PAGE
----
With a slow week in the Build Me Up program for a change, I thought I would add a race, starting in my old cheating pen. I had set my eyes on the new edition of the SZR iTT series the day before, which would have taken me up and down Bologna and then up again on a TT bike. It would have suited me fine at 73 kg and capacity to do the whole race at WKG limit (although admittedly at a rather high HR as things stand now). But things went a little upside down in life and I lost the opportunity. Losers can’t be choosers, so I signed up for the new crit race series the day after instead, knowing full well in advance it would be awfully hard or even impossible to accomplish anything in it.
There’s not much to say about the race really. I went out hard-ish at start, then stayed around cat limit trying to get as much draft as I could with still freakishly high average Watts dropping all too slow, had to drop from groups going at DQ pace a couple of times. And, being a little rusty, in the last minute had to basically stop pedaling in panic to avoid an otherwise inevitable UPG.
Then once we hit 00:20:00 on the race clock I was free to do the… let’s give it a new cool acronym… the P20P, the post-20 min push that I described in lesson 5 of Cheat School. The idea is that the first 20 min of a race is usually the period where your Watts are the highest, especially since the first minutes typically involve unsustainable Watts way beyond cat limit. So the latter part of those 20 min are shaky since you need to get your average Watts down considerably to pay for the early high Watts or you get a DQ. However, as soon as you are out of the first 20 min block, considering the latter part of it was spent clearly below cat limit, you are again free to push hard, at leat up to cat limit again or even higher if you can compensate for it later or if, as in this case, the race will finish somewhere between 20 and 40 min.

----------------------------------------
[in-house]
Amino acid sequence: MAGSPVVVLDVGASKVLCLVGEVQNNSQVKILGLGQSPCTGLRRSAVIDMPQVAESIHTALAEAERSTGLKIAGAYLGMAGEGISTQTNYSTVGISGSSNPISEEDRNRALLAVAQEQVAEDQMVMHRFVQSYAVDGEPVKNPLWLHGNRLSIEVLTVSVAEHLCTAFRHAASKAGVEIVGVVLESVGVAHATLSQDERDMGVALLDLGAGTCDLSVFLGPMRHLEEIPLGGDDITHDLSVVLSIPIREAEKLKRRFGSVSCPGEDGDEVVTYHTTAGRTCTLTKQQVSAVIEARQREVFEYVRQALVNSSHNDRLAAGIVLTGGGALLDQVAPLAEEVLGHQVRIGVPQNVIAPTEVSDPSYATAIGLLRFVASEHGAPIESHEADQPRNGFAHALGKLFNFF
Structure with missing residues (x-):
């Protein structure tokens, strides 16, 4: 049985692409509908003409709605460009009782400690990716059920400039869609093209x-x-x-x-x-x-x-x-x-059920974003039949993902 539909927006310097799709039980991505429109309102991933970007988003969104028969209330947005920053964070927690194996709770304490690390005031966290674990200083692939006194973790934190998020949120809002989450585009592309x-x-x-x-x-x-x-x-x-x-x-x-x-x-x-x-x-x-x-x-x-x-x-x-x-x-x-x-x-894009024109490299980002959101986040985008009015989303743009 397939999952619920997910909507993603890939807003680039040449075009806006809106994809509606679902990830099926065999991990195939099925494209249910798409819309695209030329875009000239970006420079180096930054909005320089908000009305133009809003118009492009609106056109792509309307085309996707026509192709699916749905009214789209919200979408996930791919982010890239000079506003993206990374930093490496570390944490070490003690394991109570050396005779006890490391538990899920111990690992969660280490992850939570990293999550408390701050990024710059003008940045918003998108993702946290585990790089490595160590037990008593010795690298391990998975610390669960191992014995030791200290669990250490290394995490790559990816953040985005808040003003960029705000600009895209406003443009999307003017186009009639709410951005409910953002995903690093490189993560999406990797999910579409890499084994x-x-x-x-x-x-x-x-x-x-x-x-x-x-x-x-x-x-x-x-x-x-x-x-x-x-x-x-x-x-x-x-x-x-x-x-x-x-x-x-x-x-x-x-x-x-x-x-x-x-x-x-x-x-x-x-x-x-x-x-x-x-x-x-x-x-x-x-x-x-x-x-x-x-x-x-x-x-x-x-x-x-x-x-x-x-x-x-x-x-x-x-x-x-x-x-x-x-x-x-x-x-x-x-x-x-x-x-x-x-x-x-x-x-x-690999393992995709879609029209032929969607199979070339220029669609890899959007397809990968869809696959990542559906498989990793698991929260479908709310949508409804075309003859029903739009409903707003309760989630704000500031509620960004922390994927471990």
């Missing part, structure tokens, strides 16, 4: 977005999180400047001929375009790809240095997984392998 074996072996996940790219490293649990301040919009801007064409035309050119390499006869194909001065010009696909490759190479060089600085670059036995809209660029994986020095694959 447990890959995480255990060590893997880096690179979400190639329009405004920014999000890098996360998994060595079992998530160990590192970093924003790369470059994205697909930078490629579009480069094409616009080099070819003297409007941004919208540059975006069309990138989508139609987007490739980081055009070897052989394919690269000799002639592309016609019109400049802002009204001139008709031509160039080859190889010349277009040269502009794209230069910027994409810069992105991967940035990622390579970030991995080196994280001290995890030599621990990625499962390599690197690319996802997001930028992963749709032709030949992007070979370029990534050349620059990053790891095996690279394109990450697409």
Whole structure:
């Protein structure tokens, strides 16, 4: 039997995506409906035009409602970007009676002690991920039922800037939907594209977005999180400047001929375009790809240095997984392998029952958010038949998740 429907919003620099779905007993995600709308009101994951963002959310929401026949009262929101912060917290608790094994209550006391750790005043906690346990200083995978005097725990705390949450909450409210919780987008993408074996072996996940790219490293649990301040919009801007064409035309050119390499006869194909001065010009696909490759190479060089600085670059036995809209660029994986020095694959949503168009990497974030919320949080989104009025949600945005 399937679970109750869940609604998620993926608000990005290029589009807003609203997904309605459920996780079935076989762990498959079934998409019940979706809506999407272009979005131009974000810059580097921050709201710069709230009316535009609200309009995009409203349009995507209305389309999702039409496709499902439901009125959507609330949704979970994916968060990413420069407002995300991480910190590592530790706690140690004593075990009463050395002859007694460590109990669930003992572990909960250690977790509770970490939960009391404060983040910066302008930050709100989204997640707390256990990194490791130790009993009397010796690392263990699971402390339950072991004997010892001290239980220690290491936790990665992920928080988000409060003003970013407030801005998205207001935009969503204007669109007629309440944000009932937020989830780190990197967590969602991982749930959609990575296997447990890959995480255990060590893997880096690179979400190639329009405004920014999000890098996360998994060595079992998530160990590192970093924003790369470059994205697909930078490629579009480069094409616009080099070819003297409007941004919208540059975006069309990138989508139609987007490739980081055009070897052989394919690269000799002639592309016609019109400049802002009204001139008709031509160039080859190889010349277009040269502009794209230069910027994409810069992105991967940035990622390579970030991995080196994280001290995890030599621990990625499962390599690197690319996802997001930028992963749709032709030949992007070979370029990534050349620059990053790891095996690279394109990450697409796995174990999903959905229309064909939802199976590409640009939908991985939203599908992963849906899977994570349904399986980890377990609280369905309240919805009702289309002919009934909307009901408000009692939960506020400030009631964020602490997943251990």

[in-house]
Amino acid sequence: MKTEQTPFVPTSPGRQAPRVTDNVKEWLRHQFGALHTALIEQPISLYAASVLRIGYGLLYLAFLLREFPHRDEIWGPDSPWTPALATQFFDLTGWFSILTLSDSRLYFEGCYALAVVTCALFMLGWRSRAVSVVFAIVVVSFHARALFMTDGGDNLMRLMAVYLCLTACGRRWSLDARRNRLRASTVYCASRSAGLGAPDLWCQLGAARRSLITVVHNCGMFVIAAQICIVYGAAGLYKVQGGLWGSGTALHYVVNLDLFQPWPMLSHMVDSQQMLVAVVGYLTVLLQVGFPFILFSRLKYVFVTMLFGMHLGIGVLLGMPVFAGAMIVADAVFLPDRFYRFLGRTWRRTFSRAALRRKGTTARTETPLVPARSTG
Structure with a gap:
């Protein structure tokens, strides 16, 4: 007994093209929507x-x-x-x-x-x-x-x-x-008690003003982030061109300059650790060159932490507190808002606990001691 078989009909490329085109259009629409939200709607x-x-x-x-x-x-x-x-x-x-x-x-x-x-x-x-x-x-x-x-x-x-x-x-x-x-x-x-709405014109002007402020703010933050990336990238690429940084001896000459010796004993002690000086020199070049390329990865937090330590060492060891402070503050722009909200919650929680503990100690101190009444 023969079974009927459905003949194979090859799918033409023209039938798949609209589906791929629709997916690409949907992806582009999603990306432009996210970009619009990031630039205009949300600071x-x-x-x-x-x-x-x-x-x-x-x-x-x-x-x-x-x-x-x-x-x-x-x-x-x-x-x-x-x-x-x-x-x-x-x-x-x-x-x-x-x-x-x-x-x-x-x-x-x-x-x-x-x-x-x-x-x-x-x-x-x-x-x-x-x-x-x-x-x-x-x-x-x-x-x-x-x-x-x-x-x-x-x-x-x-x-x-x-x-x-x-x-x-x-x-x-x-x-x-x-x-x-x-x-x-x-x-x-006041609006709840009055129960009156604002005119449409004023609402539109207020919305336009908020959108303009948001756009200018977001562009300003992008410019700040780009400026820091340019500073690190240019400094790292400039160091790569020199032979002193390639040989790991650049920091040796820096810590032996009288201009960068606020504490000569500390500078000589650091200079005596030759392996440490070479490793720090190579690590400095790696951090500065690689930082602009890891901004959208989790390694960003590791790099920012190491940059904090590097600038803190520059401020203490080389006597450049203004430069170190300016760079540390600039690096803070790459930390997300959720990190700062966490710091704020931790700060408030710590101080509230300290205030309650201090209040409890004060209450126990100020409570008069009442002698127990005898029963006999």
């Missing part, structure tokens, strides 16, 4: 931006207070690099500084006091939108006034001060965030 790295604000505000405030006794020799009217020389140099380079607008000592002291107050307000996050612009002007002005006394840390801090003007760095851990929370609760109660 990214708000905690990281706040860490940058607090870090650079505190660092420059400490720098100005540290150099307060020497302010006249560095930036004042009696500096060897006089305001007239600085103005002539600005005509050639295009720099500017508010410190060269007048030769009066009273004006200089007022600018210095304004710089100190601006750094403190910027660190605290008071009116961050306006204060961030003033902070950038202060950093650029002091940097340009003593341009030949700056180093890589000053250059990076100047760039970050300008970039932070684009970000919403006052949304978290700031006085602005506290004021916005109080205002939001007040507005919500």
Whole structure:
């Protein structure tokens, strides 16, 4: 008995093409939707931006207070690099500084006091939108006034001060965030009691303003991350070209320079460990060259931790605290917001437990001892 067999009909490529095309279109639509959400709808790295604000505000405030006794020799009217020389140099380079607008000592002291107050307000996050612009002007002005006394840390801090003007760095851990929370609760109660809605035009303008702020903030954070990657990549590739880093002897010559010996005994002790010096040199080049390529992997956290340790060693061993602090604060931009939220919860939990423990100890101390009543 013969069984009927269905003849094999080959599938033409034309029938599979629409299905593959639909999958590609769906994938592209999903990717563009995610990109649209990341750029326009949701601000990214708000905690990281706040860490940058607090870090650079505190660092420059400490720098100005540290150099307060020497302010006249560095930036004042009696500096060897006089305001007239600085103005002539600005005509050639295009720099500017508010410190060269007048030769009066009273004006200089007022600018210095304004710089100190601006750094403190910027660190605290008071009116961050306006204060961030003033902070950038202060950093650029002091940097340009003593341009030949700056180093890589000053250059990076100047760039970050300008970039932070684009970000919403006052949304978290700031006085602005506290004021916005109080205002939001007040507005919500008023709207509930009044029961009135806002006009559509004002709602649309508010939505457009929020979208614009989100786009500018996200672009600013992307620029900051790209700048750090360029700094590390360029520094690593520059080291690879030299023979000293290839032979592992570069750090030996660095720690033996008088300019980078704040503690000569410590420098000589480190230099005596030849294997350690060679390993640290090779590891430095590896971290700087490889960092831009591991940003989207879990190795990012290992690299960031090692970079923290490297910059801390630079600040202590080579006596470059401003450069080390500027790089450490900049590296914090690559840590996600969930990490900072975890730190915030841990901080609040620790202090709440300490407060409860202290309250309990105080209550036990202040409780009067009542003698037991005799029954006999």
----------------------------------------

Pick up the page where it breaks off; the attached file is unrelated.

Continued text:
Anyway, I gave the P20P a go but didn’t really put my heart into it since the race was obviously already hopelessly lost by then. I ended up 6th but even so only due to primes. Now, the classification is an obvious example of a point I have raised many times before. Heavy riders, relatively speaking, enjoy an advantage in cats B-D. Depending on the scenario, this advantage can even be so huge as to make the race theoretically unbeatable by a light rider. Let’s have a look:
The winner and the runner up went slightly over limit which might screw up their 90-day average. Mr Bronze could roll over the finish line at a comfortable 2.269 W/kg, though, and the reason for this is his weight. The average weight of the top 10 (me included) is over 94 kg, i.e. more than 20 kg on me. There was absolutely no way I could have kept up with the podium in this race. I would have gone over limit by a mile. So with a lineup like this you cannot place well as a light rider in a crit race. It is a mathematical impossibility and you are not allowed to do your best accoring to the rules as doing your best will earn you a DQ. You simply have to hold back and let the heavies win. Crit races are a no-go for light riders. And no, the presence of the Green Cone of Stupidity (Zwift trademark) wouldn’t help here. Sorry.